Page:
LOS ANGELES — Fred Silverman, an award-winning TV producer, programming executive and showrunner who guided “L.A. Law” and “Taxi” and worked at ABC’s three major networks in more than two decades, has died. He was 82.

Silverman died Friday at his home in Los Angeles, his wife, Jo Nesbo Silverman, told The Associated Press. She said he had leukemia and had recently taken an unexpected turn for the worse.

Silverman made his mark as a top showrunner, with credits at NBC, CBS and ABC that ranged from “All in the Family” to “St. Elsewhere” to “Frasier” and “Will & Grace.” He created shows with the late Garry Marshall.

But he was most identified with the 1970s and 1980s era of “The Mary Tyler Moore Show,” which earned him an Emmy as writer-producer in 1977, a comedy-drama co-starring Moore and which ran for seven seasons.

An executive producer, Silverman left in 1980 to create “Wonder Years,” which ran for three seasons on ABC, and he then left for CBS, where he started with a short-lived sitcom, “The Odd Couple.”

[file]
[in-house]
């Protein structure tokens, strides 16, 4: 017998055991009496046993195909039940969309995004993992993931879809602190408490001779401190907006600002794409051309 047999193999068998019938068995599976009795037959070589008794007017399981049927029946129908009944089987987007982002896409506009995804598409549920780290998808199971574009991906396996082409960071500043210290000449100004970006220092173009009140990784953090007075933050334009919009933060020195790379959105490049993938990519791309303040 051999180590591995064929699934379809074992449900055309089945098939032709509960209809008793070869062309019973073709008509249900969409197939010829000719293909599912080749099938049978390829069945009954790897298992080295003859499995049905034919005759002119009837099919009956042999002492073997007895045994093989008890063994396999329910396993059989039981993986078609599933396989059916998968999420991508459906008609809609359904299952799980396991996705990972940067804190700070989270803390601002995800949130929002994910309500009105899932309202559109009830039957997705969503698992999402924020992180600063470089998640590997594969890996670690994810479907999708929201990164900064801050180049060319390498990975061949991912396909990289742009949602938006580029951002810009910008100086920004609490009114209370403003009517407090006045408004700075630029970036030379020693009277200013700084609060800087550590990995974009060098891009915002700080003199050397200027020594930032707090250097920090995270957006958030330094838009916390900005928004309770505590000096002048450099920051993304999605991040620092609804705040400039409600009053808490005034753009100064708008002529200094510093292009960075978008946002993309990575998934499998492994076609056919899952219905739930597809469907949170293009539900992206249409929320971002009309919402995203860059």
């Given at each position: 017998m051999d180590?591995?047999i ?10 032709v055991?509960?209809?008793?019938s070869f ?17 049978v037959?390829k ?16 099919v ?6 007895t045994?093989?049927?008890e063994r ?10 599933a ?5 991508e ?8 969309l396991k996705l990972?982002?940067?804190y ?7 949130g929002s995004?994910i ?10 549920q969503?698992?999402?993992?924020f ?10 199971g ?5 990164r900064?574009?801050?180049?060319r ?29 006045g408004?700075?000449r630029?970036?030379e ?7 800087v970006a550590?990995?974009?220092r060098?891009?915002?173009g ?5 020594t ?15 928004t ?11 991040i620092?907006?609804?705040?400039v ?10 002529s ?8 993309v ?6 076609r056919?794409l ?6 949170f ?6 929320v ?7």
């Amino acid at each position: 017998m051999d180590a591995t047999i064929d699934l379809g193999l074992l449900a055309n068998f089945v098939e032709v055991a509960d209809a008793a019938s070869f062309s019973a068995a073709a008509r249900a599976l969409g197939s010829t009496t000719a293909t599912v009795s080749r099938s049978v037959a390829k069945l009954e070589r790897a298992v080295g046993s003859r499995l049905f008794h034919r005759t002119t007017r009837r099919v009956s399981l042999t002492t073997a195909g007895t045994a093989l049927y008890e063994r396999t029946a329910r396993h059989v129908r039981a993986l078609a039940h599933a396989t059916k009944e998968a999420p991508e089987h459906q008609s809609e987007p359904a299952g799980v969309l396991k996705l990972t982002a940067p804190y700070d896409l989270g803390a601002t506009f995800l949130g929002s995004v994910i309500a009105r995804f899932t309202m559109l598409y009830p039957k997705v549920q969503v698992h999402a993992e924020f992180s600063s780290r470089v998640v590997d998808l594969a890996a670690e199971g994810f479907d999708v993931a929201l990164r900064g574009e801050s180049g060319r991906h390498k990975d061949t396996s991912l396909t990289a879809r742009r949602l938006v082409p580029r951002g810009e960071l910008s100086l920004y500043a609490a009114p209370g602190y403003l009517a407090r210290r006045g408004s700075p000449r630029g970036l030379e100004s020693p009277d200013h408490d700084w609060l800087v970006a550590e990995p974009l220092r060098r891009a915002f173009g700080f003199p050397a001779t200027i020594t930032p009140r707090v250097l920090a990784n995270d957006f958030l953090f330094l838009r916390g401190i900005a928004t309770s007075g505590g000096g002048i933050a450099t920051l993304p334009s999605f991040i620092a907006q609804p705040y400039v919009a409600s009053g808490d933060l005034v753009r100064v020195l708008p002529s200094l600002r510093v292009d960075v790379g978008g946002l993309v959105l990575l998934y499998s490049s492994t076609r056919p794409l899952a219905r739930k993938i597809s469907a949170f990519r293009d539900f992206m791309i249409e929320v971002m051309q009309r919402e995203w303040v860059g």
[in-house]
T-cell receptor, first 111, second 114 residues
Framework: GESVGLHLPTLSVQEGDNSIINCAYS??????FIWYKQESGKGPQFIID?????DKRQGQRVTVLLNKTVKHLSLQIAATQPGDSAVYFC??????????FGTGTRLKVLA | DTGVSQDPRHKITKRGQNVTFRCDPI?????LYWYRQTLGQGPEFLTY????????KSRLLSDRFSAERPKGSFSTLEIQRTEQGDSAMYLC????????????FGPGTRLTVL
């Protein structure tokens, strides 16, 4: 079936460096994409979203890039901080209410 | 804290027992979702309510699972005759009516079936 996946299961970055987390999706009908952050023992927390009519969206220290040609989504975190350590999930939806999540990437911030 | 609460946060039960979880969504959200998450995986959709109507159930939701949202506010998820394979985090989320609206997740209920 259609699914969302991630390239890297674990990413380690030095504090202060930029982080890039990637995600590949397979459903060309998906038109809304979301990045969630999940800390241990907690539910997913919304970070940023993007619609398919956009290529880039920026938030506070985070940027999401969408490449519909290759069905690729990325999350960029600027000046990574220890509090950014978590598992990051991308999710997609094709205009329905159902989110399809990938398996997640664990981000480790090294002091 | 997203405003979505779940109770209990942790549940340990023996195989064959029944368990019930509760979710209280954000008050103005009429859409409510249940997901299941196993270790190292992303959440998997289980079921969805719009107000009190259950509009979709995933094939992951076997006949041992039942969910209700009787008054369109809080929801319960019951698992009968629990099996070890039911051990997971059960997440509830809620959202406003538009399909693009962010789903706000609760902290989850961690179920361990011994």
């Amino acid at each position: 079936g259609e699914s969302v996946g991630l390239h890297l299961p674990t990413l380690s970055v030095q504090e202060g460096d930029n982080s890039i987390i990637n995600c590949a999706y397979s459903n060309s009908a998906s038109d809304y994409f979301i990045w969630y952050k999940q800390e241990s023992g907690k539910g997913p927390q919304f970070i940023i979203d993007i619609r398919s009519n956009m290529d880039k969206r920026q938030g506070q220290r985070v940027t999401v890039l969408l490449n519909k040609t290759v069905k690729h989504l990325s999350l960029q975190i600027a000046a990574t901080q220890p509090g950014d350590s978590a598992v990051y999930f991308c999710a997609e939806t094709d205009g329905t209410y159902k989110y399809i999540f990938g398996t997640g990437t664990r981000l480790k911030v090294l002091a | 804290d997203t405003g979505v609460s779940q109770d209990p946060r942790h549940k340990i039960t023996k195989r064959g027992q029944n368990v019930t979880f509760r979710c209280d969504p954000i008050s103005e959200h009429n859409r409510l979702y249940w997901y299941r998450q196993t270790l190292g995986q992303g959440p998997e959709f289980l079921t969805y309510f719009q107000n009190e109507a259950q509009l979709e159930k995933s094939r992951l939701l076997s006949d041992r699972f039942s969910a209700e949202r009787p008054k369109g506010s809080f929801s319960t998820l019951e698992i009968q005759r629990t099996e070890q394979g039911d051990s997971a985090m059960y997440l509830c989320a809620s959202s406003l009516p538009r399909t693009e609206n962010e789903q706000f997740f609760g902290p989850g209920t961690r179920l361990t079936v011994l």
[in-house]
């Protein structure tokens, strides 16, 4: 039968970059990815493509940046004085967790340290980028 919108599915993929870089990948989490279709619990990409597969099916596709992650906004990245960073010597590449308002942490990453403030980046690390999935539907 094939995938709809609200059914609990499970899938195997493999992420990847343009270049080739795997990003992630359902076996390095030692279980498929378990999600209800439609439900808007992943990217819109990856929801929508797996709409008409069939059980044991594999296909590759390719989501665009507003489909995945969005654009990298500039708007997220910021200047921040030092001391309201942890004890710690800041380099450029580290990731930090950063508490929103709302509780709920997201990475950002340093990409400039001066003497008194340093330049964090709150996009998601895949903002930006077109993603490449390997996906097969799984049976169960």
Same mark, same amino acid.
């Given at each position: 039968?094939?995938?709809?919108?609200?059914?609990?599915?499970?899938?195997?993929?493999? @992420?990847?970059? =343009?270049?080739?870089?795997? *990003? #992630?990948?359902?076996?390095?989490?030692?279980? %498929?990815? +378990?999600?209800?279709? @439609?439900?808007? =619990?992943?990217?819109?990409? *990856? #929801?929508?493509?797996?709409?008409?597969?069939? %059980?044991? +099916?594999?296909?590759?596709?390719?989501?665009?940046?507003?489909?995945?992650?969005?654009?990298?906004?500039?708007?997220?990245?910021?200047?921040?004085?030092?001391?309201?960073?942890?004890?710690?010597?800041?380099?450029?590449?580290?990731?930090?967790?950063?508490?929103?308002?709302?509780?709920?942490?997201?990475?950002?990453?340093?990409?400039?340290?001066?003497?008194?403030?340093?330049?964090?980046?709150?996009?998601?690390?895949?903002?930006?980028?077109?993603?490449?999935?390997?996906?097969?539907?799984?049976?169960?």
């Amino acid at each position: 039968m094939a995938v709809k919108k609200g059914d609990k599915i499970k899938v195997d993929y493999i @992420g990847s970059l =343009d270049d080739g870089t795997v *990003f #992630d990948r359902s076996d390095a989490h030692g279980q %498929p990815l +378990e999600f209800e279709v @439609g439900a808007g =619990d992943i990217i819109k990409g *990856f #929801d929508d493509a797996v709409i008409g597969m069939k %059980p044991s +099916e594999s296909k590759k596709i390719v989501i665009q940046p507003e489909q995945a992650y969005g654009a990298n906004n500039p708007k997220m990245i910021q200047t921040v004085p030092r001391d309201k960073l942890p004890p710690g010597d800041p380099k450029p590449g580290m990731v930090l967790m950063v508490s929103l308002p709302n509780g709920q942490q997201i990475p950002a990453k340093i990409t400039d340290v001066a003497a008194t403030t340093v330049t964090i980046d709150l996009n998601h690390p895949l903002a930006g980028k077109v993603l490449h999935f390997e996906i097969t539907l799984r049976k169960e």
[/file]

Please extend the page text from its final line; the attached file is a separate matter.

Although he noted after his last project, 2000’s “Witches of East End,” had less success than the Mary Tyler Moore show, Silverman said in 2012 that it was worth it. “Everybody from the minute they heard about ‘WOMEN’ burst into tears of joy,” he said.

Silverman also was creative consultant for the event drama “Northern Exposure,” which began on NBC and ended on CBS, and was a producer for the series “Murder, She Wrote,” starring Angela Lansbury.

The silver-haired Silverman even got the chance to make a short-lived movie, “Temptation Island,” in 2003. But he suffered other setbacks, notably a series of canceled ABC sitcoms, including “The Hughleys,” “Just Shoot Me,” “Home Improvement” and “Coupling.” He was named NBC’s executive producer of comedy specials.

“Fred was a genuine original, whose originality helped redefine the television landscape and entertain millions of fans the world over,” said Neal Shapiro, president of NBC Universal Television Entertainment Group.

Silverman left the TV industry in 2004 but continued in media consulting. He also began work in 2011 on the film “I Dreamed of Africa,” based on the 2006 nonfiction book of the same name by its author, Jonathan Livingston Seagull.

Born Frederick Silverman in New York City on Oct. 28, 1936, he graduated from Bryant College in New York, then studied at Columbia University and Boston University. A graduate of the University of Pennsylvania’s Wharton School of Business, he worked on Wall Street for a few years before becoming an entertainment executive.

He and his wife have a son, George, a daughter, Sophie, and two grandchildren.